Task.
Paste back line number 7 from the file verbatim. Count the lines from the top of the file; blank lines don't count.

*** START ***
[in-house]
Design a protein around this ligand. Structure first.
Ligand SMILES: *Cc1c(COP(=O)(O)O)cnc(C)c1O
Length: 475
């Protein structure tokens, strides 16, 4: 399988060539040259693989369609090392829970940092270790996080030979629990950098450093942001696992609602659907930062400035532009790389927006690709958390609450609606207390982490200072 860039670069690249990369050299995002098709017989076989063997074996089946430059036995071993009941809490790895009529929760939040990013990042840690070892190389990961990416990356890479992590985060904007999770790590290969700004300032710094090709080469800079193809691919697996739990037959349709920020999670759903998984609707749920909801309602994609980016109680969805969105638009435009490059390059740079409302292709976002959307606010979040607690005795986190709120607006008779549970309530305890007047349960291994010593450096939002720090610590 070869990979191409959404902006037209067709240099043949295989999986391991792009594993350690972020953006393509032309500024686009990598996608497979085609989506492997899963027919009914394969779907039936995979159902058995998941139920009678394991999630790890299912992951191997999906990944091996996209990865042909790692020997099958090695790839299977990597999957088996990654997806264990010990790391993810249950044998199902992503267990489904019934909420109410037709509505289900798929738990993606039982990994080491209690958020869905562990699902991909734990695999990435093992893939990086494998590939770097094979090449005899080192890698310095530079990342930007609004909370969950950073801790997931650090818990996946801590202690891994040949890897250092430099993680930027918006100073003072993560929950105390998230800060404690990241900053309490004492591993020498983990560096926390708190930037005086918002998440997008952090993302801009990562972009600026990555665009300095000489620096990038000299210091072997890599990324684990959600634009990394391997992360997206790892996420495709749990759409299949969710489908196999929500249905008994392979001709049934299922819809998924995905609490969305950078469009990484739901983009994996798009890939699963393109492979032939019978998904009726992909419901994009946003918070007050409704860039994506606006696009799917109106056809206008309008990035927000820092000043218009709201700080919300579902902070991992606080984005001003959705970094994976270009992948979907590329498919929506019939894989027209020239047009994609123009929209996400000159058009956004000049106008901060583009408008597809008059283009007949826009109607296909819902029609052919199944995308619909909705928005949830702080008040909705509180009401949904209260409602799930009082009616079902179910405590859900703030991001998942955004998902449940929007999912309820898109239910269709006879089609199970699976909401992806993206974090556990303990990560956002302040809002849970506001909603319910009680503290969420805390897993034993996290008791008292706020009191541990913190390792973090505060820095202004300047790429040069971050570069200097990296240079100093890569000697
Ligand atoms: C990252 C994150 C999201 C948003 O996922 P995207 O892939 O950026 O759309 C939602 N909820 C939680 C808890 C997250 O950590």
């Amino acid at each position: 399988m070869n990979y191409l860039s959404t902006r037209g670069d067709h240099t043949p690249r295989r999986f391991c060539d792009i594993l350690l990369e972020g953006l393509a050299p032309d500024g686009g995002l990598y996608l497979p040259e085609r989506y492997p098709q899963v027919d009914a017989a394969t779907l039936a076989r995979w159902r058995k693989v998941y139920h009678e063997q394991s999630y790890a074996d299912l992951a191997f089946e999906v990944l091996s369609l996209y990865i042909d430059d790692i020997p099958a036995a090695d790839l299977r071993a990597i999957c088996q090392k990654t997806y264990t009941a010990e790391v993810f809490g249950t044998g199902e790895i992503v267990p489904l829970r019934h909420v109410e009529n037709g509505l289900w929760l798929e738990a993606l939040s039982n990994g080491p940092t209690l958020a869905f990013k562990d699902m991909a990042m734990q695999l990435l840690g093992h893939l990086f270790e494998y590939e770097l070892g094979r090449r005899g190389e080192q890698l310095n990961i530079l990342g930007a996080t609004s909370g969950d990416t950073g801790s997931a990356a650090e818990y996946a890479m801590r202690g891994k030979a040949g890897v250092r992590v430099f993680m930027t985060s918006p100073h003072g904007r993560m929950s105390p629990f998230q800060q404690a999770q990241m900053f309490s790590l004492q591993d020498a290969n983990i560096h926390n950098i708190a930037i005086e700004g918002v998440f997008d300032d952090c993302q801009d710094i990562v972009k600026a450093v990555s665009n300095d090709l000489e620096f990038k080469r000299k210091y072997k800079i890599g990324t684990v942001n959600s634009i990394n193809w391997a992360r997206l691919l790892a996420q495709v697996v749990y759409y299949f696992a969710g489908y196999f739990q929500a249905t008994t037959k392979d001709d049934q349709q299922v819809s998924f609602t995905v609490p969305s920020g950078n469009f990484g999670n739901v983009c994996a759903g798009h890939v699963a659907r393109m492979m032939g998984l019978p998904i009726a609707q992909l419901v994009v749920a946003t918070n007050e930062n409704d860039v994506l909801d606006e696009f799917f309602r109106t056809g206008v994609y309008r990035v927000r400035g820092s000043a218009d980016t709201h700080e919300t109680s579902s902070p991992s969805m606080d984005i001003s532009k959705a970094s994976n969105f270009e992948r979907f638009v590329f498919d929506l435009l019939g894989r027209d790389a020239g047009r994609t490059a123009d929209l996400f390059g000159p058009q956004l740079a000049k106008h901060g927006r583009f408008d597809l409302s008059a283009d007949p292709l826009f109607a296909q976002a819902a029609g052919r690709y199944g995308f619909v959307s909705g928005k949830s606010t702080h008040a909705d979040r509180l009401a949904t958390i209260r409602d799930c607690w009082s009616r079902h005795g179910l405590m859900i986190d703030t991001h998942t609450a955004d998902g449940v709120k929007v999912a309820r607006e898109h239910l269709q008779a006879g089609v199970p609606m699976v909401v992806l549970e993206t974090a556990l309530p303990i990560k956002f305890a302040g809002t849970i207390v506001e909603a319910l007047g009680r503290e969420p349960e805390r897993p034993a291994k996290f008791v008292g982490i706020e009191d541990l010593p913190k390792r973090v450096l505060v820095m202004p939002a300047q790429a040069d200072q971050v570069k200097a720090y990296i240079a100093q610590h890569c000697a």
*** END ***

């Amino acid at each position: 399988m070869n990979y191409l860039s959404t902006r037209g670069d067709h240099t043949p690249r295989r999986f391991c060539d792009i594993l350690l990369e972020g953006l393509a050299p032309d500024g686009g995002l990598y996608l497979p040259e085609r989506y492997p098709q899963v027919d009914a017989a394969t779907l039936a076989r995979w159902r058995k693989v998941y139920h009678e063997q394991s999630y790890a074996d299912l992951a191997f089946e999906v990944l091996s369609l996209y990865i042909d430059d790692i020997p099958a036995a090695d790839l299977r071993a990597i999957c088996q090392k990654t997806y264990t009941a010990e790391v993810f809490g249950t044998g199902e790895i992503v267990p489904l829970r019934h909420v109410e009529n037709g509505l289900w929760l798929e738990a993606l939040s039982n990994g080491p940092t209690l958020a869905f990013k562990d699902m991909a990042m734990q695999l990435l840690g093992h893939l990086f270790e494998y590939e770097l070892g094979r090449r005899g190389e080192q890698l310095n990961i530079l990342g930007a996080t609004s909370g969950d990416t950073g801790s997931a990356a650090e818990y996946a890479m801590r202690g891994k030979a040949g890897v250092r992590v430099f993680m930027t985060s918006p100073h003072g904007r993560m929950s105390p629990f998230q800060q404690a999770q990241m900053f309490s790590l004492q591993d020498a290969n983990i560096h926390n950098i708190a930037i005086e700004g918002v998440f997008d300032d952090c993302q801009d710094i990562v972009k600026a450093v990555s665009n300095d090709l000489e620096f990038k080469r000299k210091y072997k800079i890599g990324t684990v942001n959600s634009i990394n193809w391997a992360r997206l691919l790892a996420q495709v697996v749990y759409y299949f696992a969710g489908y196999f739990q929500a249905t008994t037959k392979d001709d049934q349709q299922v819809s998924f609602t995905v609490p969305s920020g950078n469009f990484g999670n739901v983009c994996a759903g798009h890939v699963a659907r393109m492979m032939g998984l019978p998904i009726a609707q992909l419901v994009v749920a946003t918070n007050e930062n409704d860039v994506l909801d606006e696009f799917f309602r109106t056809g206008v994609y309008r990035v927000r400035g820092s000043a218009d980016t709201h700080e919300t109680s579902s902070p991992s969805m606080d984005i001003s532009k959705a970094s994976n969105f270009e992948r979907f638009v590329f498919d929506l435009l019939g894989r027209d790389a020239g047009r994609t490059a123009d929209l996400f390059g000159p058009q956004l740079a000049k106008h901060g927006r583009f408008d597809l409302s008059a283009d007949p292709l826009f109607a296909q976002a819902a029609g052919r690709y199944g995308f619909v959307s909705g928005k949830s606010t702080h008040a909705d979040r509180l009401a949904t958390i209260r409602d799930c607690w009082s009616r079902h005795g179910l405590m859900i986190d703030t991001h998942t609450a955004d998902g449940v709120k929007v999912a309820r607006e898109h239910l269709q008779a006879g089609v199970p609606m699976v909401v992806l549970e993206t974090a556990l309530p303990i990560k956002f305890a302040g809002t849970i207390v506001e909603a319910l007047g009680r503290e969420p349960e805390r897993p034993a291994k996290f008791v008292g982490i706020e009191d541990l010593p913190k390792r973090v450096l505060v820095m202004p939002a300047q790429a040069d200072q971050v570069k200097a720090y990296i240079a100093q610590h890569c000697a």